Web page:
Although the styles of these two artists are strikingly different, they seem to work well together. SPZero76 gives us a couple of characters, a robot and swimmer in highly protective gear venturing out into the polluted sea for a surf. What is really clever about this piece is that they have incorporated bits of their previous work on this wall, such as the yellow VW Beetle, by leaving them partially exposed, thus becoming part of the pollution in this piece. Really clever work.
I always love a piece with a big story.
Update – I have since found out that the ‘special effect’ was not intentional but rather rain damage. The piece has been replaced already by the EAT crew.
Kid crayon is a favourite Bristol artist of mine and his contribution to Upfest this year was straight forward and fun. I’m not too sure what the crocodile, triangle and cake are all about, but I’m sure they have some kind of meaning. The piece also carries birthday wishes for Meg.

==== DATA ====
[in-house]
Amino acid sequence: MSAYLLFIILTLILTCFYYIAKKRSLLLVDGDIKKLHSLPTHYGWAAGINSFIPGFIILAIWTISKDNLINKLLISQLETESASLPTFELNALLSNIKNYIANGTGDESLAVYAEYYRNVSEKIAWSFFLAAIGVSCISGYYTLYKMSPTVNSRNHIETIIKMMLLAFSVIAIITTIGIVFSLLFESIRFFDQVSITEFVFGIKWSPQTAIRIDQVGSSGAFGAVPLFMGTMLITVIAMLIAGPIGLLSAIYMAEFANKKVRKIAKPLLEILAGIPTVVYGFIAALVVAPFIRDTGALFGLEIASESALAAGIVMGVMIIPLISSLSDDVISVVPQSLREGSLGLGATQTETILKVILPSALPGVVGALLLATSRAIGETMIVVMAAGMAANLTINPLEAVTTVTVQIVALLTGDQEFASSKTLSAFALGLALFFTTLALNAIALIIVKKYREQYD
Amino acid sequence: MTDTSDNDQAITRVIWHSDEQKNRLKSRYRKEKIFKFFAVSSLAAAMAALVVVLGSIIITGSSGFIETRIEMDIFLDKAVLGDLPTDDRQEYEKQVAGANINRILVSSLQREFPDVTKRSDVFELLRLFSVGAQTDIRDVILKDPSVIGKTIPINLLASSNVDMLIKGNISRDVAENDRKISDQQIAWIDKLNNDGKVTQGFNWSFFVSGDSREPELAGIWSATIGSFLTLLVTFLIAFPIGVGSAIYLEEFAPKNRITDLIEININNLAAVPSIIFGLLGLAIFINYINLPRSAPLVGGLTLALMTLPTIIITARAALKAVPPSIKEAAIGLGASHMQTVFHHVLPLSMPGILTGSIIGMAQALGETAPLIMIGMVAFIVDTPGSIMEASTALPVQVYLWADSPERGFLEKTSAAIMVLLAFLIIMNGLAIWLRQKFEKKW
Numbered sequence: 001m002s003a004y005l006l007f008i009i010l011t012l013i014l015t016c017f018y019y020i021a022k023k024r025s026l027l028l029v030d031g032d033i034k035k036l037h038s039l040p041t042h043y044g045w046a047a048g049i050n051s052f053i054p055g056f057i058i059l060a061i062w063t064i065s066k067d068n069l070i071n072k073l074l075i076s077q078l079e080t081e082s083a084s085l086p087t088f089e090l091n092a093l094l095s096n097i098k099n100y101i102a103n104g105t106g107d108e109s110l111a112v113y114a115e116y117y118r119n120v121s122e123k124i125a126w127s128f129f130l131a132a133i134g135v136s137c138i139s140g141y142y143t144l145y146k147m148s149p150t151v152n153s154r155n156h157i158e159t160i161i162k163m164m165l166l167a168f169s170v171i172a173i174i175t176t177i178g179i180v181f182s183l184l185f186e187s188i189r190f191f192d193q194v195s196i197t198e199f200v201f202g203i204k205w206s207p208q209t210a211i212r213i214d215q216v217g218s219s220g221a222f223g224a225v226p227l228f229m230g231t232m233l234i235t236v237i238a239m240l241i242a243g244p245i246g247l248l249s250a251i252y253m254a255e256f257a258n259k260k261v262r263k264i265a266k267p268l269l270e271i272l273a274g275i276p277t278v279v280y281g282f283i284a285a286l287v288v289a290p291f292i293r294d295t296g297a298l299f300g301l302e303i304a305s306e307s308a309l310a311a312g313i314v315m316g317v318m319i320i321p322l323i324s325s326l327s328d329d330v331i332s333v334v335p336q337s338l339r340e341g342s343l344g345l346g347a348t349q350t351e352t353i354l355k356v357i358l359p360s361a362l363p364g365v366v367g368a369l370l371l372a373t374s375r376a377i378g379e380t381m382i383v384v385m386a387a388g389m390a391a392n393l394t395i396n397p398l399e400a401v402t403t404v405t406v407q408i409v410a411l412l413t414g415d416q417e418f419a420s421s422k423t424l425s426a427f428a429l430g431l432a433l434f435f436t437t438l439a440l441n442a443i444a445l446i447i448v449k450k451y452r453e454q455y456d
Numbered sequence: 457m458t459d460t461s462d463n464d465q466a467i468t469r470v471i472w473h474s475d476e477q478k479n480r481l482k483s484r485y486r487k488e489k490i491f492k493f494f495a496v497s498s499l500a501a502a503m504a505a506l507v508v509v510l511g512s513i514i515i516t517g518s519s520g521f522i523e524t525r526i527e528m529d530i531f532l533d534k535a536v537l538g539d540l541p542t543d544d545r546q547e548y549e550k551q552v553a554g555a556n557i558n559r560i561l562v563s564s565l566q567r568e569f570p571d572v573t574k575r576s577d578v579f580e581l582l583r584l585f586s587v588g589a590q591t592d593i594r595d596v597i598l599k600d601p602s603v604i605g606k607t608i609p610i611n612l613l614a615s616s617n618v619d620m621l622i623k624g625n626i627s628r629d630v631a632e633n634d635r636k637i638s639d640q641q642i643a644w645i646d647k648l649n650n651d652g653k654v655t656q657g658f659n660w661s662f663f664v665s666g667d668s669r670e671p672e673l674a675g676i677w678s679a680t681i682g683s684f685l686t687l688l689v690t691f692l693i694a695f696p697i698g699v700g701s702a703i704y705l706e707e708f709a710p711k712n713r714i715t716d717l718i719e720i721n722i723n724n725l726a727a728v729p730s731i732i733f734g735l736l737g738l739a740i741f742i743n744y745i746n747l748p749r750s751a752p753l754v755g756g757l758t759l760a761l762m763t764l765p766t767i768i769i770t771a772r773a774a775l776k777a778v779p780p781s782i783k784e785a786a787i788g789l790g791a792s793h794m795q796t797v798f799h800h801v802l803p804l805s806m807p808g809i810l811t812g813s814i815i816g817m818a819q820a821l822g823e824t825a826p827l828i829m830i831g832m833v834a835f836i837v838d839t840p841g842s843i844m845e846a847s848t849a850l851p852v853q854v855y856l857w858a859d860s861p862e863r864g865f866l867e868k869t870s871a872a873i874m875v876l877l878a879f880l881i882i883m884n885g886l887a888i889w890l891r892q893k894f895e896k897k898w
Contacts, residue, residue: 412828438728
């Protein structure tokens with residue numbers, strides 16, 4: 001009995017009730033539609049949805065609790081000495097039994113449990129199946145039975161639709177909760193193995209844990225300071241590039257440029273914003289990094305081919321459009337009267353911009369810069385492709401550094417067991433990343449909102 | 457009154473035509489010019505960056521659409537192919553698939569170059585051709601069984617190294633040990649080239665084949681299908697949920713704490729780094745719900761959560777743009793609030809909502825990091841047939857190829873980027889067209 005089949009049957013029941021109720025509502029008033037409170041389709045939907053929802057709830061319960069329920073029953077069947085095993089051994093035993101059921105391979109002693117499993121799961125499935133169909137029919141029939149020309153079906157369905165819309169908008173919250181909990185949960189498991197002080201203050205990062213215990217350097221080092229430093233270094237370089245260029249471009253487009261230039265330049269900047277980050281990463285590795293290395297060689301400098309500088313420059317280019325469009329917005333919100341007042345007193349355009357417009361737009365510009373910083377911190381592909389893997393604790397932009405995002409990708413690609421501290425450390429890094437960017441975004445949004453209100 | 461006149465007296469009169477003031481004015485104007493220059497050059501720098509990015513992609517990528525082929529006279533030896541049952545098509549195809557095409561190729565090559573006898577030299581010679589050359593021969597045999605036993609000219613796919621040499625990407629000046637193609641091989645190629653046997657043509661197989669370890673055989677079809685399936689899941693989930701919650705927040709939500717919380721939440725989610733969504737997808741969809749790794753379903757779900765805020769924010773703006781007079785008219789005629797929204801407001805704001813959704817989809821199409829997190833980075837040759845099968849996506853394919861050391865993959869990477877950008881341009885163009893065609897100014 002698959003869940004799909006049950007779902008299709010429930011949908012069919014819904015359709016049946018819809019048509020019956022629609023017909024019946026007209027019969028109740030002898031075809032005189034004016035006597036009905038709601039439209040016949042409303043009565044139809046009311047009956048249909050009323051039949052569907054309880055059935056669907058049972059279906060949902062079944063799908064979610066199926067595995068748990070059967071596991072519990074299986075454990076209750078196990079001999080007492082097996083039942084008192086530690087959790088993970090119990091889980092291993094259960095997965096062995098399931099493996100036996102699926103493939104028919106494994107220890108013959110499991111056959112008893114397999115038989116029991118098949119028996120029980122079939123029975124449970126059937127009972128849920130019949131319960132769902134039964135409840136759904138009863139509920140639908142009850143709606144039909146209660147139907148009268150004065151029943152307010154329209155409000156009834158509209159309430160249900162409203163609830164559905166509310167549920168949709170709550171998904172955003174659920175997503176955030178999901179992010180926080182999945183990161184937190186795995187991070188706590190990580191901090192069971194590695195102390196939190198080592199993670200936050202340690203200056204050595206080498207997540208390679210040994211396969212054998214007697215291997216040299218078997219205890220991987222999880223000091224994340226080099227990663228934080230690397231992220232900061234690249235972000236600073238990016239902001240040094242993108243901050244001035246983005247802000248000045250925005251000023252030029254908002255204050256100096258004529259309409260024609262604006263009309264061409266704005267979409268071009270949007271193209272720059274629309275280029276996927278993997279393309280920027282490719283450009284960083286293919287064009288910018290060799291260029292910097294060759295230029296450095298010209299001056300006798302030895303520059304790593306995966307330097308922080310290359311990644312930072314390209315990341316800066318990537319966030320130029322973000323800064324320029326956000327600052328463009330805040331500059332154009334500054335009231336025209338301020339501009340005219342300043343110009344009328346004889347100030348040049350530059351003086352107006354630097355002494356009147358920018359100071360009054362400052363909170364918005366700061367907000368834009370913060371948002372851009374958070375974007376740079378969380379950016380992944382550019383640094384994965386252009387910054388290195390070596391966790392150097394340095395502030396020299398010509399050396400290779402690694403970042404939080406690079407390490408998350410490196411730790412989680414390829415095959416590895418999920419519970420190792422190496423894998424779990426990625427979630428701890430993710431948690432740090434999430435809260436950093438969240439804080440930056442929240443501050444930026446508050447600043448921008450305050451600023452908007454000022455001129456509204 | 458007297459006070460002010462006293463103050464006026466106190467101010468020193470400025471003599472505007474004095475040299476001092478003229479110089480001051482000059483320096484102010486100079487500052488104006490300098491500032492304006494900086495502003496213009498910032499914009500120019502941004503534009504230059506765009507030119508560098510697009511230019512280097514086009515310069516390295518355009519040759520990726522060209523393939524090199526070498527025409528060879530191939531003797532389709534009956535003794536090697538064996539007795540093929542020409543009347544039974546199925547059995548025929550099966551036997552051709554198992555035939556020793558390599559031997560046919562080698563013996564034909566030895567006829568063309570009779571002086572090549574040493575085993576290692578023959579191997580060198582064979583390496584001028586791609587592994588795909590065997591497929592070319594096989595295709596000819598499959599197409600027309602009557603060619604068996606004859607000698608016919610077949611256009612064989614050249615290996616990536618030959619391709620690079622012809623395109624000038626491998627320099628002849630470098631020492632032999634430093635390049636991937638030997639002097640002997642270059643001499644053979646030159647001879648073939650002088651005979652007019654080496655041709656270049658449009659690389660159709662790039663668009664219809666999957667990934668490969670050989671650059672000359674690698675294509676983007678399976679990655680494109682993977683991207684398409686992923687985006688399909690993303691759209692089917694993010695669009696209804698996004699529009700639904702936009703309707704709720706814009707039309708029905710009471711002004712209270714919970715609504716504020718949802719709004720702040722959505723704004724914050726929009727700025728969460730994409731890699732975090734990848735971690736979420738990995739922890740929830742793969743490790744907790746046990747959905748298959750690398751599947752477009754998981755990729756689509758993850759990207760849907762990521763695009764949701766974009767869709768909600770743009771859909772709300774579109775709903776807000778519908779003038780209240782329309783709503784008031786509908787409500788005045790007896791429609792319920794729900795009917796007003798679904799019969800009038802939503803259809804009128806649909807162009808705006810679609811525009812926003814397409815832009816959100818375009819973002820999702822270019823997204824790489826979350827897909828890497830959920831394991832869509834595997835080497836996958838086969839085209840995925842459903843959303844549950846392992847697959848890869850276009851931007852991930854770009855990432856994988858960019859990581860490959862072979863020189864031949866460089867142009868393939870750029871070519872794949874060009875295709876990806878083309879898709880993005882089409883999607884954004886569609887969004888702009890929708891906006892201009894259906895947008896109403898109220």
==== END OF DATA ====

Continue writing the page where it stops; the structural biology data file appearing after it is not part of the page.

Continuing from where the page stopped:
I think Kid Crayon had seen the forecast for Sunday and had managed to complete his piece by early Saturday afternoon. I managed to swing by when he was painting and chatted for a short while. It is one of the great things about Upfest that you get to see works in progress and figure out how these artists go about their work.
Here’s another EAT crew (SPZero76 and Kid Crayon) collaboration on the side wall of Domestic Drain Services. Maybe once or twice a year, this company invites artists to paint the walls in return for free paint – or so I understand.
One wall was painted by Paul Monsters and featured on this blog a little while ago. This wall has been crafted into a comic strip which was described by Keith Hopewell, AKA SPZero76 on his Instagram account as follows:
‘This comic tells the tale of a race to find the Holy Grail in a post apocolyptic giant robot wasteland. Biker woman vs the pigs of doom (and their herder). Who will find the treasure first?’